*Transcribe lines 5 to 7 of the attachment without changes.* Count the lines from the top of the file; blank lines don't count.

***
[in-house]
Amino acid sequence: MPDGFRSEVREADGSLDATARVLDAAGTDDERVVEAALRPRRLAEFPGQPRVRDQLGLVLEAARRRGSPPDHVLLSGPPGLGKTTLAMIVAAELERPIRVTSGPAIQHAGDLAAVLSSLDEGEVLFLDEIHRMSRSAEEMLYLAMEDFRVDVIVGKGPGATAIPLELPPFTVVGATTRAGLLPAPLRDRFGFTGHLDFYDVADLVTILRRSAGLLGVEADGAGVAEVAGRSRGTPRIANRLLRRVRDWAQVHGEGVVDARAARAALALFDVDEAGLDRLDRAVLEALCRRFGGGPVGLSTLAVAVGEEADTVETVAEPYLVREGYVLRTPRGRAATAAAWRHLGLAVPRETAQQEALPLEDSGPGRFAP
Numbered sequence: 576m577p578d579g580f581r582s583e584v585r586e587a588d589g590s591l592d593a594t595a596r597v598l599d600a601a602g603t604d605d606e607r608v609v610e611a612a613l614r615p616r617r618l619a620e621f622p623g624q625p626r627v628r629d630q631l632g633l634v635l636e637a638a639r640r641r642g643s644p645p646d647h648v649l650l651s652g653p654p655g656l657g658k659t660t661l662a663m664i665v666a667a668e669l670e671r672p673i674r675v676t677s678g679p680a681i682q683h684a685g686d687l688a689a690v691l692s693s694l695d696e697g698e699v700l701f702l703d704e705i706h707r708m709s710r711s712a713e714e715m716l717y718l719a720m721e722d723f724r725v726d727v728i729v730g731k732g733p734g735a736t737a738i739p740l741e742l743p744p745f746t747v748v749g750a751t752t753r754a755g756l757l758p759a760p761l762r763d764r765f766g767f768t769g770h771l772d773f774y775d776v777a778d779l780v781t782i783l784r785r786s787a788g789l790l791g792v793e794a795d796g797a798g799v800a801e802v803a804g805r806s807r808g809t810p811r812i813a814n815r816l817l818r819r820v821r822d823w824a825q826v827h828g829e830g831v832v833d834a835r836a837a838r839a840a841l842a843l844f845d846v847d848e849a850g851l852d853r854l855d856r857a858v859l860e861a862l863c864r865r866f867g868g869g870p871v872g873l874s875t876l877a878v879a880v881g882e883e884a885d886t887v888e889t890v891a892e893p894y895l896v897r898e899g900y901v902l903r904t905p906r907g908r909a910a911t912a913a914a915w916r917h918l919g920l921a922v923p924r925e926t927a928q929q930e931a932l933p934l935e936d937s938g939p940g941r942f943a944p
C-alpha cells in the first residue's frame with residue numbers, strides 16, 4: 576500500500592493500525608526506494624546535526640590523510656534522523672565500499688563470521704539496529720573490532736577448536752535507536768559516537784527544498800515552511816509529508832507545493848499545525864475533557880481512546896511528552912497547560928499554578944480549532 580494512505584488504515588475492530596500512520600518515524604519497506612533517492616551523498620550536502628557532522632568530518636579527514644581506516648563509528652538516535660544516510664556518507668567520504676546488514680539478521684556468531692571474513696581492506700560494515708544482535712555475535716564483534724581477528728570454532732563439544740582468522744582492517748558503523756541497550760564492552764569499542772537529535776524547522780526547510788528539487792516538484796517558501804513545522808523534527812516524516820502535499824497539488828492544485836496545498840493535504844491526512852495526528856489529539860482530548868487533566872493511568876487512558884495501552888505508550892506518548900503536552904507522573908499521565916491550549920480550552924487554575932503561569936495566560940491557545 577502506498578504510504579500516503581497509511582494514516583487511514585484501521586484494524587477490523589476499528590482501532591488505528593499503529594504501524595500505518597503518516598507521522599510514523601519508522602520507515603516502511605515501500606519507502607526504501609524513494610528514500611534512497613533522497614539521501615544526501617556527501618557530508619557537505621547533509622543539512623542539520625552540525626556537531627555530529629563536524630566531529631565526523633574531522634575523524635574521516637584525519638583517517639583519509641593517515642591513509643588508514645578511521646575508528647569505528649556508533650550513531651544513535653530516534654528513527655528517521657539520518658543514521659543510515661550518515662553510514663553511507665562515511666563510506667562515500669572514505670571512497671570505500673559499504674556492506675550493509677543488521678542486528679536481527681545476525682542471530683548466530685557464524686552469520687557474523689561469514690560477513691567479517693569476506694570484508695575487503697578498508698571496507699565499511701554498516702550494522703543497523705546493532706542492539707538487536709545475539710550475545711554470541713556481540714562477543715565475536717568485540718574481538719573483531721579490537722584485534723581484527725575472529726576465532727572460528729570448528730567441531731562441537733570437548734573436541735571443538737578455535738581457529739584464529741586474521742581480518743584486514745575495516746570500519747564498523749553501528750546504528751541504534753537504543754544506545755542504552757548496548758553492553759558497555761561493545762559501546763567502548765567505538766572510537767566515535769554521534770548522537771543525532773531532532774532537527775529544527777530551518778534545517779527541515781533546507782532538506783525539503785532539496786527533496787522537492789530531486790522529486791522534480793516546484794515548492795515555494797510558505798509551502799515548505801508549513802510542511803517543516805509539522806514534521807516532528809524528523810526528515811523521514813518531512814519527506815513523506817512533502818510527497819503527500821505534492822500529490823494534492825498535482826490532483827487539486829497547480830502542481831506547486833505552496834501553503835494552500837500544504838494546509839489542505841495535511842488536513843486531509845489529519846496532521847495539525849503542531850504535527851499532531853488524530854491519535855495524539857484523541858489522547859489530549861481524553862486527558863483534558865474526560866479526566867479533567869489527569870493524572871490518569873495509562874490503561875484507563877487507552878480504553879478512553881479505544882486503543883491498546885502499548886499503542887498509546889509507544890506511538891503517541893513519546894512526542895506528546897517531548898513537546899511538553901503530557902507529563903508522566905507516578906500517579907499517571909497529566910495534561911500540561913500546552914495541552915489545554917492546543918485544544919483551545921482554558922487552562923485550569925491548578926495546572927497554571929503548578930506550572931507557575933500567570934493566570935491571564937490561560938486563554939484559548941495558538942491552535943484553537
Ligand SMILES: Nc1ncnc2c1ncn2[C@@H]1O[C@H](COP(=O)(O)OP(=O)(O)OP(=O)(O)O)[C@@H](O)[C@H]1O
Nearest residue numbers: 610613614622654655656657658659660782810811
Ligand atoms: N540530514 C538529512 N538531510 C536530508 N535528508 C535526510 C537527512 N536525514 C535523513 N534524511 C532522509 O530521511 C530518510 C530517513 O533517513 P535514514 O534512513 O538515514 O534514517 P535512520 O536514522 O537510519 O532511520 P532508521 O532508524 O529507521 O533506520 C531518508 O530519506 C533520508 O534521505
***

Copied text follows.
Ligand SMILES: Nc1ncnc2c1ncn2[C@@H]1O[C@H](COP(=O)(O)OP(=O)(O)OP(=O)(O)O)[C@@H](O)[C@H]1O
Nearest residue numbers: 610613614622654655656657658659660782810811
Ligand atoms: N540530514 C538529512 N538531510 C536530508 N535528508 C535526510 C537527512 N536525514 C535523513 N534524511 C532522509 O530521511 C530518510 C530517513 O533517513 P535514514 O534512513 O538515514 O534514517 P535512520 O536514522 O537510519 O532511520 P532508521 O532508524 O529507521 O533506520 C531518508 O530519506 C533520508 O534521505